The Servant of All

Luke 9:46—And an argument arose among them [the disciples] about who among them was the greatest.

Oh, what a common struggle. We may not argue in words as the disciples did, but we most certainly do in our actions. I think often the real question, the real problem for us is who is the least among us. We may accept that we will not be the greatest; but to be the least? Certainly not! I can accept being someone in the middle of the “pecking order.” But to be last? It is the most lonesome, empty place to be. The child who is last to be picked for games in the school yard. The athlete who crosses the finish line behind everyone else. The team that goes 0 and 16 for the season. No one wants to be last.  Last is for losers.

Then Jesus comes, wrapping a towel around his waste, and stooping to wash the caked mud off our feet. The job of the least. And Jesus takes it. The lowliest servant in the household is initiated by this menial task. It is the most demeaning and humiliating chore. And yet Jesus receives this position as a mantle of honor. With a grace inexplicable, Jesus enters into our midst, and knowing that he is indeed the greatest, he bows before the man he has made from dust, washing the earth from man’s feet. Jesus, with a dignity ironic to the task, kneels, and gently massages the callouses, his hands strong, and sure, his head bowed over the task.

But I am Peter. Shocked at such an awkward display of love, I jerk my feet back from his reaching hand. I would not be the least. But I cannot stand to see my Lord in that place. I cannot let him bow before me! I know it is wrong! I am cut with shame, and I bleed resentment. “No Lord!” I cry out. “May it never be! How could I let you wash my feet?”

His eyes meet mine with tender humor. As if calling him Lord will restore his rightful place. As if sparing him my dirty feet, will right the wrong. His rebuke is firm, yet spoken with a kindness that draws pinprick tears to the corners of my eyes. “Child, holding back this one thing from me, you deny me all.” And I crumble, suddenly longing to be bathed head to toe in Him. Sure that I want nothing more than to receive His cleansing hands. Sure that love has never beckoned me with such power. Sure that I will never be the same.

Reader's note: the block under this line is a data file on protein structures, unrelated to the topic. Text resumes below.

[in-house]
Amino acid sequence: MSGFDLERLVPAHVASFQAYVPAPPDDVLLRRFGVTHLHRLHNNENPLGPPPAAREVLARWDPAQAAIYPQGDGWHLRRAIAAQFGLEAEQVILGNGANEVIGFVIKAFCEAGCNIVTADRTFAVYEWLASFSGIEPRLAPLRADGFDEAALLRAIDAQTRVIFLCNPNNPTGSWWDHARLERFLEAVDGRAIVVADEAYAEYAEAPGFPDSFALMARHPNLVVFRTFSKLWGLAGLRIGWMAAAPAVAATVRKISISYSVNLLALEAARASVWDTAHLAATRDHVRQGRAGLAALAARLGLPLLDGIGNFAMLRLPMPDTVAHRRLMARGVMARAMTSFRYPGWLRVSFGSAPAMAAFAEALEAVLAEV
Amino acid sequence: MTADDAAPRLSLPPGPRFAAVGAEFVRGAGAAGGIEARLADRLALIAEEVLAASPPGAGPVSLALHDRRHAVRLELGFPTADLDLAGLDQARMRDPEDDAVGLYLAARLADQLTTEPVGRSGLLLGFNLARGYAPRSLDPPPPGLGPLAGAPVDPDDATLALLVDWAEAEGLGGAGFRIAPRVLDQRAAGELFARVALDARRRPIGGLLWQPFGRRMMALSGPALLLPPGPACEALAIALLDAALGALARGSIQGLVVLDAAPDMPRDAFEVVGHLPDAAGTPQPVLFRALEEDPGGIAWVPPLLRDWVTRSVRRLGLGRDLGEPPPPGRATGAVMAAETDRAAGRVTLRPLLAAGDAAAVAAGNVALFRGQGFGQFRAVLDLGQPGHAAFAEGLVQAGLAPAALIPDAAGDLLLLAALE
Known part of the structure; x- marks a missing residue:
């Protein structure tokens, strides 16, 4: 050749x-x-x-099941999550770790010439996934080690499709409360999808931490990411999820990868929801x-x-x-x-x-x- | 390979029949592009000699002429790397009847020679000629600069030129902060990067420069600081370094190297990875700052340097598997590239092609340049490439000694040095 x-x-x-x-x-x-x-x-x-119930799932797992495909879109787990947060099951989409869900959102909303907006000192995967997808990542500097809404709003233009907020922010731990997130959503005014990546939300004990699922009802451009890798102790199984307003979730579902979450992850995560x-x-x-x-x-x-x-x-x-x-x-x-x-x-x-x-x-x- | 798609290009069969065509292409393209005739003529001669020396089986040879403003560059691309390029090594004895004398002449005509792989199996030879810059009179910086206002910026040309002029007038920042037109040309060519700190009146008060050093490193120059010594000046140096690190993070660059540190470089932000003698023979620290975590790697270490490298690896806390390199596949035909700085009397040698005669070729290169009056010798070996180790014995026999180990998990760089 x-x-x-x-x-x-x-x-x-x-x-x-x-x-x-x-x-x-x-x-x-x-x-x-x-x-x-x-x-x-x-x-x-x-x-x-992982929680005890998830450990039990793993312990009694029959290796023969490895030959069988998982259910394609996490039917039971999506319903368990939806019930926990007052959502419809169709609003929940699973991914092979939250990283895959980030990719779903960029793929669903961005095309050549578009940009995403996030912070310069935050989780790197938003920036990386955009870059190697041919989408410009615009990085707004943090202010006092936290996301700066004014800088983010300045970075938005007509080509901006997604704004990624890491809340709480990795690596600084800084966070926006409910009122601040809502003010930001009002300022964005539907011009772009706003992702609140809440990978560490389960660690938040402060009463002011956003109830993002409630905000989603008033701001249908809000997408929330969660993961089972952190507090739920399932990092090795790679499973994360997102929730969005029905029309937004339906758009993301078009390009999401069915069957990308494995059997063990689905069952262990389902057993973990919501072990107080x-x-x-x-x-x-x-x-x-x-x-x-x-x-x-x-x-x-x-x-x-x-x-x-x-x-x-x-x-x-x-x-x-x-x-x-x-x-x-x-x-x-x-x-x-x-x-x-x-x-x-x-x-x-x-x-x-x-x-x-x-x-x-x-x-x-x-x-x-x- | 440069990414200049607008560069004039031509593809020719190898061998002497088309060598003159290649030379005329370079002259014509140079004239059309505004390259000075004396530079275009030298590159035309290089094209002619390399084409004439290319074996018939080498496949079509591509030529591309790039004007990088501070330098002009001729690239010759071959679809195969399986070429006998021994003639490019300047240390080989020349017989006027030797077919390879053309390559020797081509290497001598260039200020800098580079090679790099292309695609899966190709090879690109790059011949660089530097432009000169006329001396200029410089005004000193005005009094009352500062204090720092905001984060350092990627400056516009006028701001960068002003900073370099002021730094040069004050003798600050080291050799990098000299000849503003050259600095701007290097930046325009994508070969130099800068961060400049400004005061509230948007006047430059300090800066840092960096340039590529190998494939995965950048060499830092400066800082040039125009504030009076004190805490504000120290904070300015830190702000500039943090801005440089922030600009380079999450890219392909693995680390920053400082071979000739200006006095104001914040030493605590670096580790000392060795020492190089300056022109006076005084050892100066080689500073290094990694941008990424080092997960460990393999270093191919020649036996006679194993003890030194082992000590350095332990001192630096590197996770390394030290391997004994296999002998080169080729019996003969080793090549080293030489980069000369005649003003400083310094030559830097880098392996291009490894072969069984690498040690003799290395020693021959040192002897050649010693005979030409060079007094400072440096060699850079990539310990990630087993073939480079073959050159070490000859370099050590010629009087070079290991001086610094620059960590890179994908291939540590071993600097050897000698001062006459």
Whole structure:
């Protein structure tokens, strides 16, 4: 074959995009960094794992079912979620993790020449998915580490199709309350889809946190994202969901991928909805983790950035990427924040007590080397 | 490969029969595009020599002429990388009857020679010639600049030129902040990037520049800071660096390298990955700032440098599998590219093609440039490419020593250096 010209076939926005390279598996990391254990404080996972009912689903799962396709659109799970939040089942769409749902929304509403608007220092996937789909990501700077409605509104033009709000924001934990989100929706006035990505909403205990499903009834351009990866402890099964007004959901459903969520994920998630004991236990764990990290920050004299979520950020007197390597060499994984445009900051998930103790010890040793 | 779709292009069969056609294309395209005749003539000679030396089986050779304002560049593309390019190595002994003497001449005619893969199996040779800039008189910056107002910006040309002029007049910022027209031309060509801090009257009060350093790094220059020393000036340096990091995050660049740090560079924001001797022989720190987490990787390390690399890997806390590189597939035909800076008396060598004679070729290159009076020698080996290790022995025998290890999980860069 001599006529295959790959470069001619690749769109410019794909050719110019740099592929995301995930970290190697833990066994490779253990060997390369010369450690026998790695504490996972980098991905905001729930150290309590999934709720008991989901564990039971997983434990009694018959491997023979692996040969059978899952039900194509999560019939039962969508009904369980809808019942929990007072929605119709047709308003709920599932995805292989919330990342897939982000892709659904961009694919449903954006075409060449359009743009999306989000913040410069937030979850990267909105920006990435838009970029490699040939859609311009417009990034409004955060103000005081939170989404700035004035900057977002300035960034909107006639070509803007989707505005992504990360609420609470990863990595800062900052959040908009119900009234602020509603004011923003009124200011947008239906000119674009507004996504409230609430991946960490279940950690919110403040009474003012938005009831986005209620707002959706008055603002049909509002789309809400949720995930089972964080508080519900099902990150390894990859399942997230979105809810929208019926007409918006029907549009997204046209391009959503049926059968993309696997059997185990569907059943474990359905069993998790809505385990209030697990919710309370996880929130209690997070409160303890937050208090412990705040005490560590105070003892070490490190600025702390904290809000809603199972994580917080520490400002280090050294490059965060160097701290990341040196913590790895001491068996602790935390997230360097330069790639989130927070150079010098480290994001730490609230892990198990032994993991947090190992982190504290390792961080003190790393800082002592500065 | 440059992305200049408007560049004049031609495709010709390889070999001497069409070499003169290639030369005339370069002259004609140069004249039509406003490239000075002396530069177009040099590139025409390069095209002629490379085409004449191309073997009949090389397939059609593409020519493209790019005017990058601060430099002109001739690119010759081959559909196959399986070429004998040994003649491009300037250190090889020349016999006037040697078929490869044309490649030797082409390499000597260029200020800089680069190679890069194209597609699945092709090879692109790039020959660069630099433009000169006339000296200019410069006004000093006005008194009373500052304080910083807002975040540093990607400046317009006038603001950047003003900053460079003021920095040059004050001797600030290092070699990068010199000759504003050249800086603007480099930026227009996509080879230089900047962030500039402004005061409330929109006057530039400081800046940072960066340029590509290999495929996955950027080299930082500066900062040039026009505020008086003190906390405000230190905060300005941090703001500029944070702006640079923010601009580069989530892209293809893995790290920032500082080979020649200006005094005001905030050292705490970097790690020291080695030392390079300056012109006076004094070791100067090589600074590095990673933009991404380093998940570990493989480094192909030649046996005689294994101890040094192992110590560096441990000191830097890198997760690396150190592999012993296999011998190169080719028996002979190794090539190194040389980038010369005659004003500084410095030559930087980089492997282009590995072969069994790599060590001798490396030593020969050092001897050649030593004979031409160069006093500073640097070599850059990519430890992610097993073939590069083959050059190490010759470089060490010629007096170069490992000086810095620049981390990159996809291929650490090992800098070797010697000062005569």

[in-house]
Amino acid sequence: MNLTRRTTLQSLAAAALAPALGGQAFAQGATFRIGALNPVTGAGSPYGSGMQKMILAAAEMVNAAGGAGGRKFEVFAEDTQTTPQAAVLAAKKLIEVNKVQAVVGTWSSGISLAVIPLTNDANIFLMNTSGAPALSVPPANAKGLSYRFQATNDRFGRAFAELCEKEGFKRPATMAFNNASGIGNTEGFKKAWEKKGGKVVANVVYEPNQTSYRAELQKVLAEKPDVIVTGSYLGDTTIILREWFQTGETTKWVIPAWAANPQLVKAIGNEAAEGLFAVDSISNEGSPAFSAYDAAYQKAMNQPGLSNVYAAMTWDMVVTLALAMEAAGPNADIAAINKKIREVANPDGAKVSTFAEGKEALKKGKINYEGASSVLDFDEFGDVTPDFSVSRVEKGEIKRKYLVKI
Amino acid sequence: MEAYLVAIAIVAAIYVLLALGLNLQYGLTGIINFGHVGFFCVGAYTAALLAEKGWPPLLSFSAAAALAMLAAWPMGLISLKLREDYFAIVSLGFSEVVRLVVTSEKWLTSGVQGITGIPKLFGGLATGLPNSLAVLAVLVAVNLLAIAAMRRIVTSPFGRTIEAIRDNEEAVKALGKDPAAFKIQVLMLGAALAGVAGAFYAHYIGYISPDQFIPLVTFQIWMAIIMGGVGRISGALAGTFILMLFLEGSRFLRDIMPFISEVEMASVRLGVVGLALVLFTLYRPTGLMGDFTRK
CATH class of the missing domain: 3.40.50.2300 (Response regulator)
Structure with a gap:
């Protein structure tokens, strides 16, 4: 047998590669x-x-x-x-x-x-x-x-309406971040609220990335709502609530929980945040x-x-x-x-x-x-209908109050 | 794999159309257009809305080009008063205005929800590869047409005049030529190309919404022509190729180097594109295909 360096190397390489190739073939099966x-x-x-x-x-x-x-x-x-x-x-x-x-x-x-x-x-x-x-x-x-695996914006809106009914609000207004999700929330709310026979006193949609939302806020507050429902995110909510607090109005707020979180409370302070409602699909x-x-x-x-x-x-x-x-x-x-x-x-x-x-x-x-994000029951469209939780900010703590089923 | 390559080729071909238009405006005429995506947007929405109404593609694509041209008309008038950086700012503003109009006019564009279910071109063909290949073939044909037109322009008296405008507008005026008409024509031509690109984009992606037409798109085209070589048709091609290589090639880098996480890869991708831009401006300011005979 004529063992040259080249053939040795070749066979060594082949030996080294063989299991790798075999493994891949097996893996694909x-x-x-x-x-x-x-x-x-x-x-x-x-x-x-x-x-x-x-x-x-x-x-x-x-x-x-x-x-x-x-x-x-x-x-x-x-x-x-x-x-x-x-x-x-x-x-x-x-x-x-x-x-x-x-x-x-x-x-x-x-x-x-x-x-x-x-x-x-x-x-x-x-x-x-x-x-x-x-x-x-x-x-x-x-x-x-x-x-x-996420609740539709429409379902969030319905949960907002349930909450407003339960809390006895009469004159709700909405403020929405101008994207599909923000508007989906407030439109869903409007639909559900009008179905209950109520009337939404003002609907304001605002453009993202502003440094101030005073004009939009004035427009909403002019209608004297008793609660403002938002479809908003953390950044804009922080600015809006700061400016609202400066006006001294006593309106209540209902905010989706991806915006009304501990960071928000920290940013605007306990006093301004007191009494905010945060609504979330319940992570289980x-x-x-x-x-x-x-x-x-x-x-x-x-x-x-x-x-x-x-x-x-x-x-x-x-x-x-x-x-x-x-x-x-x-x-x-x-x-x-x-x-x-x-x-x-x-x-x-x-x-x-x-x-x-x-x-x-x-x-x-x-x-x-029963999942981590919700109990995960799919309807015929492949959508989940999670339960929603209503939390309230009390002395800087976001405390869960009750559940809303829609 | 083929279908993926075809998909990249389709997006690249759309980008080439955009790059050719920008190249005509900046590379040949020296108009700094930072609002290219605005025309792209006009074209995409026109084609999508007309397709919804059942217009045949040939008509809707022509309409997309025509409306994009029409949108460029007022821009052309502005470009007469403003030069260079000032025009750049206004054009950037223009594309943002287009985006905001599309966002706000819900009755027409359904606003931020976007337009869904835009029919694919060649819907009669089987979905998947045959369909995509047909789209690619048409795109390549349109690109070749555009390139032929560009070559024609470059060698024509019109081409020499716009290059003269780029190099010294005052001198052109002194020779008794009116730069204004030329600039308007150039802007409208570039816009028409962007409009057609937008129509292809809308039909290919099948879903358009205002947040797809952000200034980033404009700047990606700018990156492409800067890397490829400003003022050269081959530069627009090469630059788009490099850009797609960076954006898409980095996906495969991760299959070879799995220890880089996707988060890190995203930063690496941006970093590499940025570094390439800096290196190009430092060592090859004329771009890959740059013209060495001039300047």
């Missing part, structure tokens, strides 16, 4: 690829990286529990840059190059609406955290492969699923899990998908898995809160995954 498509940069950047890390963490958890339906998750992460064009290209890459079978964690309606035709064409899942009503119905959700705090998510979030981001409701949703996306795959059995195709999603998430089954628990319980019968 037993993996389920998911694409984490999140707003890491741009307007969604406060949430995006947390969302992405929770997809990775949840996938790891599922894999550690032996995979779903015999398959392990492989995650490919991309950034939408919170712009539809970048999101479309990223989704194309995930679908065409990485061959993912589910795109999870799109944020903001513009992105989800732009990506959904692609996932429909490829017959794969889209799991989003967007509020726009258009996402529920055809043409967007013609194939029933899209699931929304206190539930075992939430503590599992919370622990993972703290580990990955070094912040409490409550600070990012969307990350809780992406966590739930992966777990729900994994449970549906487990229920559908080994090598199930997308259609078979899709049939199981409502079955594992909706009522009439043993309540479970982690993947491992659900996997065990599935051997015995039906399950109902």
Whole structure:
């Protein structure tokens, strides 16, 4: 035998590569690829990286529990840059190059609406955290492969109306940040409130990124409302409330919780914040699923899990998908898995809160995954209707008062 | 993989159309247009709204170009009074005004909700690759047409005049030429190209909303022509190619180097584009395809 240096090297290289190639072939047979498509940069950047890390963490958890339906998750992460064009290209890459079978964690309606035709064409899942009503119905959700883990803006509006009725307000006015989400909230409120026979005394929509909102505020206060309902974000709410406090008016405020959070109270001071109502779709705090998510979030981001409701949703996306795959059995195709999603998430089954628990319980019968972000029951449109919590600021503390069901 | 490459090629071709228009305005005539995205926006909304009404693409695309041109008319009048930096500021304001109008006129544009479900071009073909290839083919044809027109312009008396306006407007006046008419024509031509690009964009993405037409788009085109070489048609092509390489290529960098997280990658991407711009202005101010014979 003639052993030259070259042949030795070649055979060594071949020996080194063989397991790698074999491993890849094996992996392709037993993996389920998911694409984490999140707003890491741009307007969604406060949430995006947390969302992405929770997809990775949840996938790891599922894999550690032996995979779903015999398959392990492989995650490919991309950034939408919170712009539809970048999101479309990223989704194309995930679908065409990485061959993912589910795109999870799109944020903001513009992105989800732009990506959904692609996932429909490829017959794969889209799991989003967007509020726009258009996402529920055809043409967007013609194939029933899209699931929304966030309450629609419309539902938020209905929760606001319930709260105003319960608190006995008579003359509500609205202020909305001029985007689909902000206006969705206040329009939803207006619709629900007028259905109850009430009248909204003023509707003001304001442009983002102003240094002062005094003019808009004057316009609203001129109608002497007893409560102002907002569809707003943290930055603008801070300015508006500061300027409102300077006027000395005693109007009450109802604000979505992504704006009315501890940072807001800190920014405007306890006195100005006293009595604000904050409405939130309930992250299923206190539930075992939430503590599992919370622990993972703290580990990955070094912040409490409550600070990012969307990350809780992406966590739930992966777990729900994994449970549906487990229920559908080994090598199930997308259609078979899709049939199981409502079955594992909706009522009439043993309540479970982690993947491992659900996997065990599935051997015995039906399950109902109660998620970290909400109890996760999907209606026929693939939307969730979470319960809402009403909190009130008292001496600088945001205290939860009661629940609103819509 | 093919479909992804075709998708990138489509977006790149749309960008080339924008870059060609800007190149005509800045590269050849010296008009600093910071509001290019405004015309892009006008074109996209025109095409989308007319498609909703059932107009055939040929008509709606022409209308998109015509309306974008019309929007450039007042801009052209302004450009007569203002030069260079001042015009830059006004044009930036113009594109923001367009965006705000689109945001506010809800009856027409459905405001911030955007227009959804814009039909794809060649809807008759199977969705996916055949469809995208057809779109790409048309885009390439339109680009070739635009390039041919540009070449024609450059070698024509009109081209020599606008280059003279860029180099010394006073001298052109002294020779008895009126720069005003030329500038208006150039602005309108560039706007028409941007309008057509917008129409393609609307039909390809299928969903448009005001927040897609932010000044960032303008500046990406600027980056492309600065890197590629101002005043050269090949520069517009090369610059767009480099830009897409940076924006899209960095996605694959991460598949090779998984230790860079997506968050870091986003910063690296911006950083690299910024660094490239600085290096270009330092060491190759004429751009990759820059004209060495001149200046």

Laying aside the towel as the task is finished, Jesus states the obvious. “I have just set an example for you; just what I did, you should do for one another.” I can hear his previous teaching echoing in my ears: “If anyone wants to be first he must be last of all, and a servant to all.” That is what he is. That is what he has done.  He has made foot washing beautiful. Now he wants to do that through me, if I will only let him.


Addictions and Total Satisfaction

I’m reading a book right now called Spark written by a medical doctor, on the positive affects of exercise for every single aspect of life. He has been explaining in detail the amazing changes that occur in the brain as we exercise! Several studies and sample cases he tells about in this book, demonstrate the power of exercise to mitigate the effects of chemical disorders such as ADHD and clinical depression, as well as chronic pain issues, and perhaps most amazingly addictions. Some of his examples are a bit extreme, and it feels as if exercise might take over the lives of the individuals in these stories. So at one point he discusses the question, “Can you become addicted to exercise?” From a medical standpoint this is apparently extremely rare, and almost never with adverse side affects, so his answer is, “Maybe, but it’s certainly nothing to worry about.”